The Principle of Beneficence vs Patient Autonomy and Rights

Topics: Medicine, Alternative medicine, Physician Pages: 9 (3228 words) Published: December 20, 2010
Special Feature – Medical Ethics Essay

Singapore Med J 2002 Vol 43(3) : 148-151

Deconstructing Paternalism – What Serves the Patient Best? N H S S Tan (This Essay won the Singapore Medical Association Ethics Essay Award (Non-medical Undergraduate Category) in 2001.)

ABSTRACT On the motion that “medical paternalism serves the patient best”, this essay reviews current arguments on medical paternalism vs. patient autonomy. Citing medico-ethical texts and journals and selected real-life applications like electroconvulsive therapy (ECT) and the advanced medical directive (AMD), the essay argues that medical paternalism cannot serve the patient best insofar as current debates limit themselves to “who” wields the decision-making power. Such debates side-step “what” the patient’s best interests are. The essay further argues through the case of Traditional Chinese Medicine (TCM), and acupuncture in particular, that the current dominant Western school of thought excludes other forms of “alternative” treatment through medical paternalism. Singapore Med J 2002 Vol 43(3):148-151

N H S S Tan Second-year mass communication student at Ngee Ann Polytechnic Correspondence to: Noel Hidalgo Tan Suwi Siang Email: noelbynature@ pacific.net.sg

Although probably not written by Hippocrates (c. 460 – c. 477 BC) himself, the Hippocratic Oath is one of the oldest, most binding code of conduct today. The oath expresses the aspirations of the physician, and sets the ethical precedent by spelling out the physician’s responsibilities to the patient and the medical profession. Today, the Hippocratic Oath has been adopted and adapted world-wide; all physicians take the oath in some form or another. In Singapore, the doctor who undertakes the Singapore Medical Council’s Physician’s Pledge promises to “make the health of my patient my first consideration” and “maintain due respect for human life” (pars. 4, 9). The primary concept behind the oath is the principle of beneficence, which is operationalised in the original oath as the resolve to serve “for the benefit of the sick according to (the physician’s) ability and judgement” (cited in Mappes & DeGrazia, 1996; p.59). The principle of beneficence, indeed the over-emphasis of it, also led to medical paternalism or the physician’s prerogative to act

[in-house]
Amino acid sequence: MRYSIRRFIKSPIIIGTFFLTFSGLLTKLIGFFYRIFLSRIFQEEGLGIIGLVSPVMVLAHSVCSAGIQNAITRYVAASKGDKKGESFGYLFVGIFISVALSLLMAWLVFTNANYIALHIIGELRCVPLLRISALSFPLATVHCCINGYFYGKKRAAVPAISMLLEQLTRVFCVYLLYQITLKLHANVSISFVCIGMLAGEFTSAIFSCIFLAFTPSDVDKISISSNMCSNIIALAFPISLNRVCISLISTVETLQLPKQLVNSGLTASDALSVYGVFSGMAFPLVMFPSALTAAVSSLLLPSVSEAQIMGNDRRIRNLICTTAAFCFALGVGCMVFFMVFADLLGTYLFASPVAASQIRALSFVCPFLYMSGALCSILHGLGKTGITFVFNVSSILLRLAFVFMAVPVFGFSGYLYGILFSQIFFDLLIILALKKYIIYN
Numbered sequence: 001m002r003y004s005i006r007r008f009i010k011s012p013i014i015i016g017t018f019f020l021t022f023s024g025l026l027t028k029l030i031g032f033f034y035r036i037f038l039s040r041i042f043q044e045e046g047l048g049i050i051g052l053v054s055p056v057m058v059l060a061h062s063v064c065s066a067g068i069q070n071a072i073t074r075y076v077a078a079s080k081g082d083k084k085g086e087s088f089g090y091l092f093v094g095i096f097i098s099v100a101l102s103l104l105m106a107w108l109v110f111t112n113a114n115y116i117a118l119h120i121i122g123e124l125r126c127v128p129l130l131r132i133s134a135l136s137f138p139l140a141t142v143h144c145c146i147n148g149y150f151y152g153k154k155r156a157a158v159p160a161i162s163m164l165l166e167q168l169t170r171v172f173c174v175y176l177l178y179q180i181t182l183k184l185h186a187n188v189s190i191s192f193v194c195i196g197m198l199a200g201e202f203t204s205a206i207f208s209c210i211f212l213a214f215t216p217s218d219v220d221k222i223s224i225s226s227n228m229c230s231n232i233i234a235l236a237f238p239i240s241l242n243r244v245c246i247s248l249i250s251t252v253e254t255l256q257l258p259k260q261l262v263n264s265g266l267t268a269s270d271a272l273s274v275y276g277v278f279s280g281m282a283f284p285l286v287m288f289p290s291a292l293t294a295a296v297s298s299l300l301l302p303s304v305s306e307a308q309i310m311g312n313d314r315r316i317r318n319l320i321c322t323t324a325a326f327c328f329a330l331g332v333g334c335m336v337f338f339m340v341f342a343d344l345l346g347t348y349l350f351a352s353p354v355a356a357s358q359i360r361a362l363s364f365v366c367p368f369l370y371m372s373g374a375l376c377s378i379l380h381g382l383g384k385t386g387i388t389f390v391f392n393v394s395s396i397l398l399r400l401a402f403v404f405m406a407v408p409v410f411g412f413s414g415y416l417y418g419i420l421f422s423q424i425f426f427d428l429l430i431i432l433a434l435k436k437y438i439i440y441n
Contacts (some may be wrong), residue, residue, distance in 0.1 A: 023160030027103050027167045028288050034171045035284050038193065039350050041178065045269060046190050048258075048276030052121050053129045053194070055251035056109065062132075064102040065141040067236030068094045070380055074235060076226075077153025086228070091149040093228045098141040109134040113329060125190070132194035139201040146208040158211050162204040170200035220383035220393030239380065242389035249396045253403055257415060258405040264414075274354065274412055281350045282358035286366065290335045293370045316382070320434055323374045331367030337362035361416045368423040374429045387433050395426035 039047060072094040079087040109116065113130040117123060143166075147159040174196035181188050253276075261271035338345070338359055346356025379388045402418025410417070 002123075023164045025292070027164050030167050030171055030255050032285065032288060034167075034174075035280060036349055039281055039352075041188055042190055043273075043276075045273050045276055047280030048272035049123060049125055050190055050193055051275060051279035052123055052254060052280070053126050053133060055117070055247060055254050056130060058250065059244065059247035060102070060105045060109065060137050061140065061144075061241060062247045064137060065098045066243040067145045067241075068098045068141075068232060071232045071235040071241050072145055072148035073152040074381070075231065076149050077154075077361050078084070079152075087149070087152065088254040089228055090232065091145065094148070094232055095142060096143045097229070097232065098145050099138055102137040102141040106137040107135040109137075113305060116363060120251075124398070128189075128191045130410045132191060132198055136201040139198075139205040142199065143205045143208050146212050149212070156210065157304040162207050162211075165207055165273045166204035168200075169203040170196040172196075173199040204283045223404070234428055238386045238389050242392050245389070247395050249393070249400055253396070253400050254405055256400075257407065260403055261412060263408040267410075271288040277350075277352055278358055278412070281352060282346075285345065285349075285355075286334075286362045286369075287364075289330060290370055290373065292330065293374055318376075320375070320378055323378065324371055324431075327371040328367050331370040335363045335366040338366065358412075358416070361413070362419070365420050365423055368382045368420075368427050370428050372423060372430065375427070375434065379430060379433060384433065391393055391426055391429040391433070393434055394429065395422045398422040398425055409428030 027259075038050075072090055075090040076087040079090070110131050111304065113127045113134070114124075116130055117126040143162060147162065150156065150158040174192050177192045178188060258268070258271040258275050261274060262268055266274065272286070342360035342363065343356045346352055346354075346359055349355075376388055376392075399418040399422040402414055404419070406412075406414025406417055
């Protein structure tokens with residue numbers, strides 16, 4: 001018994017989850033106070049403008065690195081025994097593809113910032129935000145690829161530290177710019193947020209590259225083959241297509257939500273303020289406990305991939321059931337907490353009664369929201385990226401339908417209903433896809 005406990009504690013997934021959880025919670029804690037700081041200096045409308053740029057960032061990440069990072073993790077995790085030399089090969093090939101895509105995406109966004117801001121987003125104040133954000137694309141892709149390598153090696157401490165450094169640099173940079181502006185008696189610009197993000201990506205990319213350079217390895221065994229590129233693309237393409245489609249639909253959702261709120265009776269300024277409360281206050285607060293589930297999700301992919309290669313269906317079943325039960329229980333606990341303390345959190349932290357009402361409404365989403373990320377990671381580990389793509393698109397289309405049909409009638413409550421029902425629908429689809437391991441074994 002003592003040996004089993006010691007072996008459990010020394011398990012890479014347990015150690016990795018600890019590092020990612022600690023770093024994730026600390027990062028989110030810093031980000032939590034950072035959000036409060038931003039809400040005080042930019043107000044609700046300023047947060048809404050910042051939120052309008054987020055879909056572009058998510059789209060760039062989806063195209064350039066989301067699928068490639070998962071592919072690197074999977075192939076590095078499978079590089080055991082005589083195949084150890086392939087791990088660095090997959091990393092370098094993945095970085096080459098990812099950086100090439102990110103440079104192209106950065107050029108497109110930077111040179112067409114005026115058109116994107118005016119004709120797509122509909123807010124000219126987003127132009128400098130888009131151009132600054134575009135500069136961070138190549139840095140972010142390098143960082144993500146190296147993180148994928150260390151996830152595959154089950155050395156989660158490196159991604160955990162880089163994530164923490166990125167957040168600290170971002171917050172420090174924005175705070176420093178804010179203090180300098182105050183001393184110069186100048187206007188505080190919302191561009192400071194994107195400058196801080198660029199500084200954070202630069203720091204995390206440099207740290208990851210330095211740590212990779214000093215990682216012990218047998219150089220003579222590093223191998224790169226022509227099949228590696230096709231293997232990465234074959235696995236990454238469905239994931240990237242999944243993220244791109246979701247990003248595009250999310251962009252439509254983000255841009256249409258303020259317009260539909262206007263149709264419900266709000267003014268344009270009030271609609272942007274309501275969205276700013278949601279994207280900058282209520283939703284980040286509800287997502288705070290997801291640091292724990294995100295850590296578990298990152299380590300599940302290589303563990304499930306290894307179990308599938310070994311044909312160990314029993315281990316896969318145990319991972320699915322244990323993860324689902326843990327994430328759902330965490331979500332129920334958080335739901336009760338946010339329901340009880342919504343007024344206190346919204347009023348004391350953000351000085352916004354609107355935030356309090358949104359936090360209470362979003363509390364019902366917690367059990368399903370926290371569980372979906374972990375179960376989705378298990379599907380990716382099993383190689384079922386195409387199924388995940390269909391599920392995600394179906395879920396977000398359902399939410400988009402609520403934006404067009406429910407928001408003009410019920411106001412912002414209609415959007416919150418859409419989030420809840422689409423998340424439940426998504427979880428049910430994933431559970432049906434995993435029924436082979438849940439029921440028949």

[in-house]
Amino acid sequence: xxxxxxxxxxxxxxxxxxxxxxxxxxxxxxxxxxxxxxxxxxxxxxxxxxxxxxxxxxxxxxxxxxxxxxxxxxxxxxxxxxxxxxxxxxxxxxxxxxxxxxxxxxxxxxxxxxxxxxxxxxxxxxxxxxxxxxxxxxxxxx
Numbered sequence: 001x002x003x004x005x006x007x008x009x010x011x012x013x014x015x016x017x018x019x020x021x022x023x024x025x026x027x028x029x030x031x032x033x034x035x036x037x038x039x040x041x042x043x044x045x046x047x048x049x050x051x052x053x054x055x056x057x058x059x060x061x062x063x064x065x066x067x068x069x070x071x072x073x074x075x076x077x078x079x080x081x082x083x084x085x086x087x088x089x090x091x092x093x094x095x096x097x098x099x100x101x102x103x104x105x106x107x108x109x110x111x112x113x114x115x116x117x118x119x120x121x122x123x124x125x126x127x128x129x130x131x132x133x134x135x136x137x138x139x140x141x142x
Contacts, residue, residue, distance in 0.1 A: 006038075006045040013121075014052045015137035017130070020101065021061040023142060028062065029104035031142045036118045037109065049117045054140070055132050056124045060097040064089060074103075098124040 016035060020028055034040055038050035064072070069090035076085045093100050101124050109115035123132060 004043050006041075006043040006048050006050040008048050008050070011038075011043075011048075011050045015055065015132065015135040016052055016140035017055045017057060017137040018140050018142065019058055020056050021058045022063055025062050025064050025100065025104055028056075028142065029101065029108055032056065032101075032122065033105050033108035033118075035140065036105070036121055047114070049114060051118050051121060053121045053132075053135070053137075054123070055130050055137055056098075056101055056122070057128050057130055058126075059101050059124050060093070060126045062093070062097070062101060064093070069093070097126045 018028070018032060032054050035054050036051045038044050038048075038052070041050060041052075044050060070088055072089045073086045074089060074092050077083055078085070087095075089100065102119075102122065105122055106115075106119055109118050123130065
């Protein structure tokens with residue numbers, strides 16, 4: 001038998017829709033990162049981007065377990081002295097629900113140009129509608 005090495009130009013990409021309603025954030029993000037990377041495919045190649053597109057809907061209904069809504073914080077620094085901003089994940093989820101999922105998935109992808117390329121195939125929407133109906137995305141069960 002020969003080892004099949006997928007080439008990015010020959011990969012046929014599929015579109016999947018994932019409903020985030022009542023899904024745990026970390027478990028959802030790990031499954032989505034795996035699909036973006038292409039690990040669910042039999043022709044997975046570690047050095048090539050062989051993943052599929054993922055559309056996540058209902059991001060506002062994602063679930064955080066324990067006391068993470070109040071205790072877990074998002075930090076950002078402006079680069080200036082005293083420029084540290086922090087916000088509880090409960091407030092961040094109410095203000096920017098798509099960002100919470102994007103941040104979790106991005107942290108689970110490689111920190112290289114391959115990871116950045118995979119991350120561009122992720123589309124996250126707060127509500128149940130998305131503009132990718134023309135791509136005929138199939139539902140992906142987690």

on his or her best judgement for the patient. R S Downie observed, “The pathology of beneficence is paternalism, or the tendency to decide for individuals what they ought to decide form themselves” (cited in 1996; p.5). More often than not, medical paternalism tends to focus more on the patient’s care and outcomes rather than the patient’s needs and rights. In recent years, medical paternalism has come under fire through the concept of patient autonomy, or the patient’s right to choose and refuse treatment. While the debate between autonomy and paternalism still remains unresolved, paternalists argue that “maximum patient benefit” can be achieved only when the doctor makes the final medical decision (Weiss, 1985; p.184). The pro-autonomy stance maintains that “benevolent paternalism is considered inappropriate in a modern world where the standard for the client-professional relationship is more like a meeting between equals than like a father-child relationship” (Tuckett, Boulton, Olson & Williams, cited in Nessa & Malterud, 1998; p.394). This essay argues that medical paternalism cannot serve the patient best insofar as current debates sidestep the principle of beneficence in favour of decision-making power and medical paternalism under the current dominant Western school of thought excludes other forms of treatment. Current debate surrounding paternalism has always been centred on the issues of autonomy and paternalism and reduced further into a power struggle between the doctor and patient. This polarisation of the decision-making power has distracted the medico-philosophical debate. Today’s traditional medical values like “pain is bad” and...

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